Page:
3 Things You Should NOT Do After Being Sued By a Creditor

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3 Things You Should NOT Do After Being Sued By a Creditor

bankruptcy If you owe money for credit cards, medical services, department stores, student loans, or any other debt, at some point you may get sued.  The truth is, most creditors despise having to deal with a lawsuit as much as you do. In general, creditors would rather work out a sustainable payment plan with you than take legal action, which not only costs money but can prolong the collections process and make the debt larger, making it more difficult to settle. However, you are likely to be sued for debt if you don’t communicate with your creditor and do not work out a repayment agreement. So if you are sued, here are 3 Things You Should NOT Do After Being Sued by a Creditor:

1.) DO NOTHING If you simply ignore the Lawsuit Complaint by not replying with a formal answer, your failure to act may result in a default judgment against you. The default could lead to frozen bank accounts, a severe decline in your credit rating and a wage garnishment order of 25% of your wages. The judgment amount would be for any amount the lender requested in their lawsuit, including all costs, attorney’s fees and post-judgment interest as high as 18%.

2.) PAY THE CREDITOR MONEY WITHOUT GETTING ANYTHING IN WRITING If you and the creditor negotiate your own settlement, you’ll need to reduce it to writing.A written release is valid if it is signed by both parties. The agreement is put in place to provide for fairness, in the sense that neither party was tricked into signing on the basis of a misrepresentation; and provides each party with some benefit. If either party later violates the terms of the settlement, the other can file a lawsuit and receive a court judgment for appropriate damages. Remember – If it isn’t written in the Agreement, it didn’t happen; so make sure everything is stipulated.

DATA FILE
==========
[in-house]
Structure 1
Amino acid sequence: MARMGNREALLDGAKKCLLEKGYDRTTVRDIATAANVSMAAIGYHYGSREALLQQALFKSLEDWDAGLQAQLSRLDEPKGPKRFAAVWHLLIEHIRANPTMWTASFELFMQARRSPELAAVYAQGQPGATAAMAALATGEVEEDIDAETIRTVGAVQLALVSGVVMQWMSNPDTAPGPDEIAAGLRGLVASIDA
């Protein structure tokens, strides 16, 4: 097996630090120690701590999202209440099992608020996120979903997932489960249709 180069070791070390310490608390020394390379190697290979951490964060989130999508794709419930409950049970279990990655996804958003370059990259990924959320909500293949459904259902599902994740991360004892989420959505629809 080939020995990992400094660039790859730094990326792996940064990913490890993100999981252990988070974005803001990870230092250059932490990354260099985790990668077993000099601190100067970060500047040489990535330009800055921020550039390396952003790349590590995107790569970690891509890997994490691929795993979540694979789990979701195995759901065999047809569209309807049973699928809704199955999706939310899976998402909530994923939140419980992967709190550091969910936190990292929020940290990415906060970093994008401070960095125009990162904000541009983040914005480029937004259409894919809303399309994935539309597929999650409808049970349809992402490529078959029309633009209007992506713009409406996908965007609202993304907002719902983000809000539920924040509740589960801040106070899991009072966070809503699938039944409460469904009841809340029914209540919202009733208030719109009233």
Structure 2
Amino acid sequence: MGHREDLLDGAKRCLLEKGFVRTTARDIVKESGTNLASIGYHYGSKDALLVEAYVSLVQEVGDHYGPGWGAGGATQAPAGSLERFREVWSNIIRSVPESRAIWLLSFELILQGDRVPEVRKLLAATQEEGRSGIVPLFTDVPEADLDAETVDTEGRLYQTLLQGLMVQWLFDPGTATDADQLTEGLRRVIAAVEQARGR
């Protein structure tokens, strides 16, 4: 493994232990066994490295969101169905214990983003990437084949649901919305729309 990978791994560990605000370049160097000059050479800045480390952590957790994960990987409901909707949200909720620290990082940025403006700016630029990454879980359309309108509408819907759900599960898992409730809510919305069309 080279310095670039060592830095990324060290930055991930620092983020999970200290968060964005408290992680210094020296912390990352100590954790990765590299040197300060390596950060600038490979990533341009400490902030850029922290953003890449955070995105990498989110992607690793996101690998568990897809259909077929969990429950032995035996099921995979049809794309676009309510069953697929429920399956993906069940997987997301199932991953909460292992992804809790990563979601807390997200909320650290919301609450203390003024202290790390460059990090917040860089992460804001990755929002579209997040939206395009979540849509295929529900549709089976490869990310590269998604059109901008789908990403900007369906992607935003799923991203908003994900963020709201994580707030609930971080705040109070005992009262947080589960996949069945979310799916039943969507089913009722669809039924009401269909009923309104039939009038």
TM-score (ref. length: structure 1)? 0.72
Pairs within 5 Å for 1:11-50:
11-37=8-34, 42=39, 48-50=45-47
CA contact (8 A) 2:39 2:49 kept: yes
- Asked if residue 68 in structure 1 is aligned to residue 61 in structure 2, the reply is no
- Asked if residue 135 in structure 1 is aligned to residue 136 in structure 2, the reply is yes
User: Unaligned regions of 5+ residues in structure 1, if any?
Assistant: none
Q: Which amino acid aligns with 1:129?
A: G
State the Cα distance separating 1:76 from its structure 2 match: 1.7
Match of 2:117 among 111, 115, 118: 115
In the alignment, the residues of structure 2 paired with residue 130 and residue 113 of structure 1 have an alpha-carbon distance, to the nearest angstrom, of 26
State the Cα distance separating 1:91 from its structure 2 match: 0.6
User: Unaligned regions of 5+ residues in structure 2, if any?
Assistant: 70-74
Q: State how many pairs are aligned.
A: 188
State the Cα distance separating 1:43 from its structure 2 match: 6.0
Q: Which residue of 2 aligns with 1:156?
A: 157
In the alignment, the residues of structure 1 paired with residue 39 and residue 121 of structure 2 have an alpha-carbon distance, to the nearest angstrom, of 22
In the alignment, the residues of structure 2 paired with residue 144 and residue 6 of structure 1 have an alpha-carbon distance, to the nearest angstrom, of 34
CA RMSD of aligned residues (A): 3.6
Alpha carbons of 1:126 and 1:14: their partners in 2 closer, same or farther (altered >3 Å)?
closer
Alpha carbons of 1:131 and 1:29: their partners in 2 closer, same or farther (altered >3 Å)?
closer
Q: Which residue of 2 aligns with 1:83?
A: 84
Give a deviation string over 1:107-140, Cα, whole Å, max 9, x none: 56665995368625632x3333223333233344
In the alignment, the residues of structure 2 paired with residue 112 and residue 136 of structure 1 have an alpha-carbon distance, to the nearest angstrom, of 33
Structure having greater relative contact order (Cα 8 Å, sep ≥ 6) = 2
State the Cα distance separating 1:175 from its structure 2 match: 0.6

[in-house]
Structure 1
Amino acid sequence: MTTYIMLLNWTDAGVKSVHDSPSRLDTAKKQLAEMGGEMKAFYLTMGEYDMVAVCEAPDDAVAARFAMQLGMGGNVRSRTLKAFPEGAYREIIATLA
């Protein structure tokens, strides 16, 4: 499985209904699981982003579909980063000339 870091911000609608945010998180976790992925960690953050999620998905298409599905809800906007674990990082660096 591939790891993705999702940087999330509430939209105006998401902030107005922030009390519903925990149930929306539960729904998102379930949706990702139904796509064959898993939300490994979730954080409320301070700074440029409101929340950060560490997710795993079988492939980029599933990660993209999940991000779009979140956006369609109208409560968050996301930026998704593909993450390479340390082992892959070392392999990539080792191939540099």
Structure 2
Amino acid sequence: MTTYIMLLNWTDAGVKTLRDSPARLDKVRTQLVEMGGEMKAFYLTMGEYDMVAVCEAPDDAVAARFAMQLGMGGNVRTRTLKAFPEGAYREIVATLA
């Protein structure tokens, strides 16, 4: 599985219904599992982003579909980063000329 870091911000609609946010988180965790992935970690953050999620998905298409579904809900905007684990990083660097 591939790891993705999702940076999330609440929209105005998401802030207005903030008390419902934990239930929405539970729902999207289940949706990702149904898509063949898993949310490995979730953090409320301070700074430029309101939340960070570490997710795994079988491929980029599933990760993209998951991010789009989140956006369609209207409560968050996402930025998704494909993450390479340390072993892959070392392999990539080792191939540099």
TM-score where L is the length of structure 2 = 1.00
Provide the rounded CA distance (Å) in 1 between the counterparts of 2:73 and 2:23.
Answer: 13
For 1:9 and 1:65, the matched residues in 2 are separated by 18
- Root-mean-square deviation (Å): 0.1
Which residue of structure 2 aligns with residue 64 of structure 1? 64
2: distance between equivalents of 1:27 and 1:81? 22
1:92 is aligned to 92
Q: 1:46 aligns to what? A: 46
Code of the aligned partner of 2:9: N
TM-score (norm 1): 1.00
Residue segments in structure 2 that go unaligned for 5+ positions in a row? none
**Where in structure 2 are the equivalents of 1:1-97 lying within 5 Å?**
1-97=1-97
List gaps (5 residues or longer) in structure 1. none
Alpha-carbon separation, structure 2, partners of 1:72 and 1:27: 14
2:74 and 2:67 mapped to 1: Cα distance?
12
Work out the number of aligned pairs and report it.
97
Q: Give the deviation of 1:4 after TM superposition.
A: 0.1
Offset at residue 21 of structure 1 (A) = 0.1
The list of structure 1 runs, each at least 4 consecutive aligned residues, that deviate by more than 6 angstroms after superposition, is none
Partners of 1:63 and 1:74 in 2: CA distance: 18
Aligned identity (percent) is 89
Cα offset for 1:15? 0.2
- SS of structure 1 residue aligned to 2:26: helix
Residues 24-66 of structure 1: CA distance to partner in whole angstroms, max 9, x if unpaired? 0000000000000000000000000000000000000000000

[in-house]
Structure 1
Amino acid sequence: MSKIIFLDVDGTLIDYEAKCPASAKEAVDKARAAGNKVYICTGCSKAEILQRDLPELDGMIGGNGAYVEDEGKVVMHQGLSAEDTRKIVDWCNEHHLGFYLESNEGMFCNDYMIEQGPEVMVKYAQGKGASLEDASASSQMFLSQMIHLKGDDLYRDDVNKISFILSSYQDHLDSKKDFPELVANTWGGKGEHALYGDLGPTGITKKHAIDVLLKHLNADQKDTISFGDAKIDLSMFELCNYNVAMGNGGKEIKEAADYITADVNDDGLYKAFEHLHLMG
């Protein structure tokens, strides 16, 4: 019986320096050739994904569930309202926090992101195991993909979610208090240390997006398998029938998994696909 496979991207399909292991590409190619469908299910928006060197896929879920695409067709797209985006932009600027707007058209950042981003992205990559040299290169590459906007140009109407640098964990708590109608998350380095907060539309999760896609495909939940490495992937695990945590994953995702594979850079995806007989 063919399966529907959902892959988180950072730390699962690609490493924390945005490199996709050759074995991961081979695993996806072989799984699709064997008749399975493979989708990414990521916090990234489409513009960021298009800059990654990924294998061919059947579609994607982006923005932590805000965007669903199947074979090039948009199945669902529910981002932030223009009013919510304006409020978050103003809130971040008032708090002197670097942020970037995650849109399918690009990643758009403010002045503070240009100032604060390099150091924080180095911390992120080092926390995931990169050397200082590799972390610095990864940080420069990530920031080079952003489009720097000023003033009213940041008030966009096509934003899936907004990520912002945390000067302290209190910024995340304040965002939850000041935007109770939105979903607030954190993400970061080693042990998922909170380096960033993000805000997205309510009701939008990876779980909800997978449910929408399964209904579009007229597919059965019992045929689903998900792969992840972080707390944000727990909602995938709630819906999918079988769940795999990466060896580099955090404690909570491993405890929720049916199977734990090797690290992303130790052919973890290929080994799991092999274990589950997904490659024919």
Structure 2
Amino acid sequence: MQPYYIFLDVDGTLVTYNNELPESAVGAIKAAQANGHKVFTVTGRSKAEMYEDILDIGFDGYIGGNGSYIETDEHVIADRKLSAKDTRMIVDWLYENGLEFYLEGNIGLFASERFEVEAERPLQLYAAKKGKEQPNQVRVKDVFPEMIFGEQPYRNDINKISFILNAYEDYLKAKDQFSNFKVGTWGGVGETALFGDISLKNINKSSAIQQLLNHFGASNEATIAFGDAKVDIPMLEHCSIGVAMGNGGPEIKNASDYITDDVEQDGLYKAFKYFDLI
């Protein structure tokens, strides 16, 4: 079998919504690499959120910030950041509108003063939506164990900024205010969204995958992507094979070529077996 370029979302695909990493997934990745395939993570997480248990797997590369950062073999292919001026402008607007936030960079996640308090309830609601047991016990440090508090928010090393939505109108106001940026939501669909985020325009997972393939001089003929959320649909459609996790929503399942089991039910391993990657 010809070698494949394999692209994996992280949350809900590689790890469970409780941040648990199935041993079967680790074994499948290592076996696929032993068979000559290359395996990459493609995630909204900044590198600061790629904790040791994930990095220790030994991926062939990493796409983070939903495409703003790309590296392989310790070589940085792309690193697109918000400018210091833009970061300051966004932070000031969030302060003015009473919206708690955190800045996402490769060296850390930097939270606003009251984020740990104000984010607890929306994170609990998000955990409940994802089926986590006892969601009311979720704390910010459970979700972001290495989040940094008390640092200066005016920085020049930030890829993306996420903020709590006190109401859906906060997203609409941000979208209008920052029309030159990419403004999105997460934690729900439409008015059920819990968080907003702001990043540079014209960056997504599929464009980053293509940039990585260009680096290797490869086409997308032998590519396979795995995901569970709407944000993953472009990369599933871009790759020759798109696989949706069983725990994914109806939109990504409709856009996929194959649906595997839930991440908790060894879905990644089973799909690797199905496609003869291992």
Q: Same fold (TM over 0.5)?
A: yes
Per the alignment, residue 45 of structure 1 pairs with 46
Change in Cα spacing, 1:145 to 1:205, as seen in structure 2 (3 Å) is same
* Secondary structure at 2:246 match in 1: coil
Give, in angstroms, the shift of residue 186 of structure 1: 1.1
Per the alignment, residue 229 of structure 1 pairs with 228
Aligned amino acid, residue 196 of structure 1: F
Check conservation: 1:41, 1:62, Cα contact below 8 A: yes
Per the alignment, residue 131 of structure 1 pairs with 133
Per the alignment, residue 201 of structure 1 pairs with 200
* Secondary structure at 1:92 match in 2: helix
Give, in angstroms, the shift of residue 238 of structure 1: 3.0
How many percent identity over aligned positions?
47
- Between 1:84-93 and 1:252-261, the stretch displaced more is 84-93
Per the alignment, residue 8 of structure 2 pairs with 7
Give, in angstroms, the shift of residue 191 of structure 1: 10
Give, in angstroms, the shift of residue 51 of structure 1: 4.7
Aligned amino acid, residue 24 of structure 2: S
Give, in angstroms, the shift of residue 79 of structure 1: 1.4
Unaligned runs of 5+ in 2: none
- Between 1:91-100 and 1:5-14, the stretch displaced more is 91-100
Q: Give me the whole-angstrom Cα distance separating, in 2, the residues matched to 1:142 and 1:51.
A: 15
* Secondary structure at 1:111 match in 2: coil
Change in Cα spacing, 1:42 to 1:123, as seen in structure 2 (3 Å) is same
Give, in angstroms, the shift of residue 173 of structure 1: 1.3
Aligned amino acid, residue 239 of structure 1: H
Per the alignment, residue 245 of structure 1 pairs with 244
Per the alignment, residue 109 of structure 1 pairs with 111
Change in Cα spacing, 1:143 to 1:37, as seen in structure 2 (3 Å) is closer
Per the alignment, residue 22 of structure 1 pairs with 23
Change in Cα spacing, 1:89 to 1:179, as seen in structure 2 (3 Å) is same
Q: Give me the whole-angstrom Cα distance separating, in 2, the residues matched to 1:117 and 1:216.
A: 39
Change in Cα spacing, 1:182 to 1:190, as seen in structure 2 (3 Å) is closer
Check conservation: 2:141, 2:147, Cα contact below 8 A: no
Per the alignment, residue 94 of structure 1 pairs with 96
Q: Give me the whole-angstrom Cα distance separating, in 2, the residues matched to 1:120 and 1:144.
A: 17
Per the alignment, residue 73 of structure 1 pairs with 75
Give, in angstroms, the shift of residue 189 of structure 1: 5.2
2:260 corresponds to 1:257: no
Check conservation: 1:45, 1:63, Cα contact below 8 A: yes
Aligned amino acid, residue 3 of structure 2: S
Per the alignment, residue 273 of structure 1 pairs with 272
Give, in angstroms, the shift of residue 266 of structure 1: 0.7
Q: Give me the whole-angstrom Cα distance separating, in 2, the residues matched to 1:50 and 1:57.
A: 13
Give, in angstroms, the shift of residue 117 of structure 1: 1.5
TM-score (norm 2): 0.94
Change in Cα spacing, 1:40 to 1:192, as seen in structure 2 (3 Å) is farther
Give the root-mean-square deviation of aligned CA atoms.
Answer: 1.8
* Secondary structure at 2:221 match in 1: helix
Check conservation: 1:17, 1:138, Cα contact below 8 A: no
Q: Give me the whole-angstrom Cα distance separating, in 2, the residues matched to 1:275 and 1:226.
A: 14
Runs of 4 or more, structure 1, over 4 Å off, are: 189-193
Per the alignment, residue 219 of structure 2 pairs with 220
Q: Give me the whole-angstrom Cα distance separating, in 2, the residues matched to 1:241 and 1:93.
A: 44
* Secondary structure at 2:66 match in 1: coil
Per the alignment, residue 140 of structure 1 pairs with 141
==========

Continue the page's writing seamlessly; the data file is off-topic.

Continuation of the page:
3.) ASSUME YOU OWE THE MONEY  Most unsecured debt is purchased for pennies on the dollar by collection agencies, which then sue to collect. The party who files the lawsuit has the burden to prove they even have the right to collect and then must prove the amount owed.  Debts usually change hands so many times that even the original creditors may lack accurate documentation to prove what the amount of the debt actually is.

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